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Introduction

In the previous two tutorials, you understood how event correlation is handled through joins as well as patterns. Now, let's look at how a more advanced form of event processing (namely trend analysis) can be carried out with Siddhi.

The factory foreman needs to detect all the input from the Sweet Bots to detect overall decreases in the production of a sweet. For example, if the production of any given sweet is showing a downward trend for 10 minutes, the factory manager needs to be alerted.

This tutorial covers the following Siddhi concepts:

  • Siddhi sequences
  • Siddhi partitions

Sequences are used in Siddhi for considering consecutive events for analysis. A sequence can be considered a special, more advanced form of Siddhi pattern where only the immediate subsequent event is analyzed. In contrast, a partition can be used to analyze multiple following events. Therefore, sequences use the , notation instead of -> during definition.

The following is an sample sequence definition that considers n sequential events from the stream1 stream.

from every e1=stream1, e2=stream1, e3=stream1, ... , en=stream1
select ...
insert into ...

Tutorial steps

Let's get started!

  1. First, let's add the SweetProductionStream input stream that you first created in Creating a Simple Siddhi Application to capture information from the Sweet Bots.

    define stream SweetProductionStream(name string, amount long);
  2. The performance analysis needs to be done based on time. Let's also assume that each Sweet Bot is sending events with time information, in the form of an additional field that denotes the UNIX. This additional field needs to be added as an attribute to the SweetProductionStream stream as shown below.

    define stream SweetProductionStream(name string, amount long, timestamp long);

    An example event (in JSON form) from a SweetBot is as follows:

    {
      "event": {
        "name": "Bonbon",
        "amount": 10,
        "timestamp": 1415463675
      }
    }
  3. Let's also define an output stream from which alerts are generated. The following information needs to be included in the output event.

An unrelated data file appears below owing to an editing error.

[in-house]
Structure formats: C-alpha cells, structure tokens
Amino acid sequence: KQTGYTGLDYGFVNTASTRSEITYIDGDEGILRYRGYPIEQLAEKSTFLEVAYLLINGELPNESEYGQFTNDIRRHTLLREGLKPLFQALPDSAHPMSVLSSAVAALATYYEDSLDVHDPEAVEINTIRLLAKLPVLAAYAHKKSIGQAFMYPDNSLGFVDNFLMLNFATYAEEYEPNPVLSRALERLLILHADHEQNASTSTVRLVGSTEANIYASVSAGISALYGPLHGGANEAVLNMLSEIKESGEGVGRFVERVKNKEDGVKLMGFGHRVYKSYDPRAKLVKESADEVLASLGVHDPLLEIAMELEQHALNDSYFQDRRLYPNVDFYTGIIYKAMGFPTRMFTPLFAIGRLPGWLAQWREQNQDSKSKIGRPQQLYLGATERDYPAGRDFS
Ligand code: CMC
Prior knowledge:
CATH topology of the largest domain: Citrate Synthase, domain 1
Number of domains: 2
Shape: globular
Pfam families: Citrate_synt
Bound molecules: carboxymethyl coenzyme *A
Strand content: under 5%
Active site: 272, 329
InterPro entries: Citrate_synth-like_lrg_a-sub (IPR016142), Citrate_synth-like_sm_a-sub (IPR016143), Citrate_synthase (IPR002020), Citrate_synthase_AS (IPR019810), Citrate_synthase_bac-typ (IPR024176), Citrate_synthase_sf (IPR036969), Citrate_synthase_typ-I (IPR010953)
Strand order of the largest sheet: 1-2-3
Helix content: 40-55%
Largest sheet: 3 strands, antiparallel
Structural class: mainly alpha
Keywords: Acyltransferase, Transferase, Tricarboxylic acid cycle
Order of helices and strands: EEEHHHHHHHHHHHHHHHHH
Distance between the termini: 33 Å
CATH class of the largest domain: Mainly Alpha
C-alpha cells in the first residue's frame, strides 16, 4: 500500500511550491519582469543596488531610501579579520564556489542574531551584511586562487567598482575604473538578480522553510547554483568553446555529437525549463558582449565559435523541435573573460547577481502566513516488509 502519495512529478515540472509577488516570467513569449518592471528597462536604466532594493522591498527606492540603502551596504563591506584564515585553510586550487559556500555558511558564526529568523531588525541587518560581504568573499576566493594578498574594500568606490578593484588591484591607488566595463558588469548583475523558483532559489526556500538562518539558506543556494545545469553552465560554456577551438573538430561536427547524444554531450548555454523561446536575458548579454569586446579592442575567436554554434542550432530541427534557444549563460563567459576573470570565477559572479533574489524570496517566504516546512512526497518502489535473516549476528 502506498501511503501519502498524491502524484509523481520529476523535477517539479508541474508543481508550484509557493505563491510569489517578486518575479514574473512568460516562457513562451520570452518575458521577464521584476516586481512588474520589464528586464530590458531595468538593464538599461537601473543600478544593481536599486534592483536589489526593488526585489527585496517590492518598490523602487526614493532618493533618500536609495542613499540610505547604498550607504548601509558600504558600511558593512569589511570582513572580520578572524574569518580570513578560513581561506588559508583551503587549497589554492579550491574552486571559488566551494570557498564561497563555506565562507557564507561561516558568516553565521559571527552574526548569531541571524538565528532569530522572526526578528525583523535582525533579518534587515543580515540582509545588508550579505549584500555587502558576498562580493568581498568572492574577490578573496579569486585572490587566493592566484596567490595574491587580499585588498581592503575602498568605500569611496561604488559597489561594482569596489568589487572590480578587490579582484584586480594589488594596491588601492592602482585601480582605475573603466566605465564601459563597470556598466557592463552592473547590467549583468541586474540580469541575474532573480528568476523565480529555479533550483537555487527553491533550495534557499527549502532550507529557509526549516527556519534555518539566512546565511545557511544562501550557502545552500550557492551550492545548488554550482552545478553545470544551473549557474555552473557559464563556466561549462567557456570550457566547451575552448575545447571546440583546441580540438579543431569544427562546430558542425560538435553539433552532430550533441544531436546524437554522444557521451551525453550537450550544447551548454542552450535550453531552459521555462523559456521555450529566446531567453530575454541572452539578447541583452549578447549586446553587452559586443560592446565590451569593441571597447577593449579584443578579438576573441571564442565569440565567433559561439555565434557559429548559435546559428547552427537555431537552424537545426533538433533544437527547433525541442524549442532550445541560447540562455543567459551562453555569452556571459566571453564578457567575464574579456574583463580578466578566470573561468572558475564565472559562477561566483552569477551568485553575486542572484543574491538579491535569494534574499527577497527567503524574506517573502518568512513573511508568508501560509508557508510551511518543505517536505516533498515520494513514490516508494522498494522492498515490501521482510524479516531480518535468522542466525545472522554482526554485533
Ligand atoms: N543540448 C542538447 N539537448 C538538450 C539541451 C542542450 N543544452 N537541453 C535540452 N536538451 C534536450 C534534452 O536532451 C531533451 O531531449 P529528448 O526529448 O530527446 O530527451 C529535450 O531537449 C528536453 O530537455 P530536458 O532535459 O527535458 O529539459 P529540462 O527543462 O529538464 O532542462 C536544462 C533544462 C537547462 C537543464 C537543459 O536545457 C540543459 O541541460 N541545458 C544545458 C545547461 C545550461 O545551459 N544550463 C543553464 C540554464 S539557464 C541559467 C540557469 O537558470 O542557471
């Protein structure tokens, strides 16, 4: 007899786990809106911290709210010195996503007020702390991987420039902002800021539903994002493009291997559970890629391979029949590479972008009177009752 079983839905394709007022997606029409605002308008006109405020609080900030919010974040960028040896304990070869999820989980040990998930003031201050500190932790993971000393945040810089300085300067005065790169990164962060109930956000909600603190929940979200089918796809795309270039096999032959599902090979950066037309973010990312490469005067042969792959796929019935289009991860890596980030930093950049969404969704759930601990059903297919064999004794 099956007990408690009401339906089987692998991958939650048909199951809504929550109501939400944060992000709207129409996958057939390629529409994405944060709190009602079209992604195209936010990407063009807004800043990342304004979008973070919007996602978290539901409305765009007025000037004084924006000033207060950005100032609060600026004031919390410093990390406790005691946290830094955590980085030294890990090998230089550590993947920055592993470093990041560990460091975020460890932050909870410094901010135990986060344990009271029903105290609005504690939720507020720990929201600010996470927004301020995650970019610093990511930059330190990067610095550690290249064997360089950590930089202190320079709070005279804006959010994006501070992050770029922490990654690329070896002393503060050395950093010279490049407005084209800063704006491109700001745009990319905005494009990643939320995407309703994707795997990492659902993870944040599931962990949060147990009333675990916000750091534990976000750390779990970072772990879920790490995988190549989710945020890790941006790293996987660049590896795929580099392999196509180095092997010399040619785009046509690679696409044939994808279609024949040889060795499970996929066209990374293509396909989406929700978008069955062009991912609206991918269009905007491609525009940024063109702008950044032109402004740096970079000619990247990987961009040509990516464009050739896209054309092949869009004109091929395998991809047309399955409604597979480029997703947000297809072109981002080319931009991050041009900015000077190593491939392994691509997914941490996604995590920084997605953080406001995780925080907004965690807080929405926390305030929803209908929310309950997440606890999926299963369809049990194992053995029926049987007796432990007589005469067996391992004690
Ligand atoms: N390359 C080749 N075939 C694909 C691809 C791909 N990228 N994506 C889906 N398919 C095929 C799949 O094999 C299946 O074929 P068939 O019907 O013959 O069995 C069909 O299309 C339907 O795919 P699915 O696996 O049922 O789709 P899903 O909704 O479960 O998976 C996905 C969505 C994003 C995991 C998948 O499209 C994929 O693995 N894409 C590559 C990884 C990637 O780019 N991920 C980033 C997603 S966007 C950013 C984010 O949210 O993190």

• The name of the sweet of which the production is showing a downward trend

    • Highest detected value within the 10-minute window (i.e. the initial amount based on which the checks are done)

    • The final amount detected

    • The timestamp at the end of processing

     The output stream definition with this information looks as follows.

    define stream DecreasingTrendAlertStream(name string, initialAmount long, finalAmount long, timestamp long);
  4. To enable the sequential processing of events, lets first define a simple sequence with no processing.

    from every e1=SweetProductionStream, e2=SweetProductionStream
    select e1.name, e1.amount as initialAmount, e2.amount as finalAmount, e2.timestamp
    insert into DecreasingTrendAlertStream;

    Here, you are using the comma (,) to delimit events that you need to process in sequence.

  5. Next, you need to define the logic for the user scenario. It requires detecting a decreasing trend within 10 minutes in the production figures. This can be deconstructed into the following points:
      1. Every event has a value for the amount parameter.
      2. If the amount value for event e1 is v1, then we can say that a decreasing trend exists if the next event e2 has a value v2 as the amount, and v1 > v2.
      3. The above decreasing trend has to continue for 10 minutes to be flagged for alerting.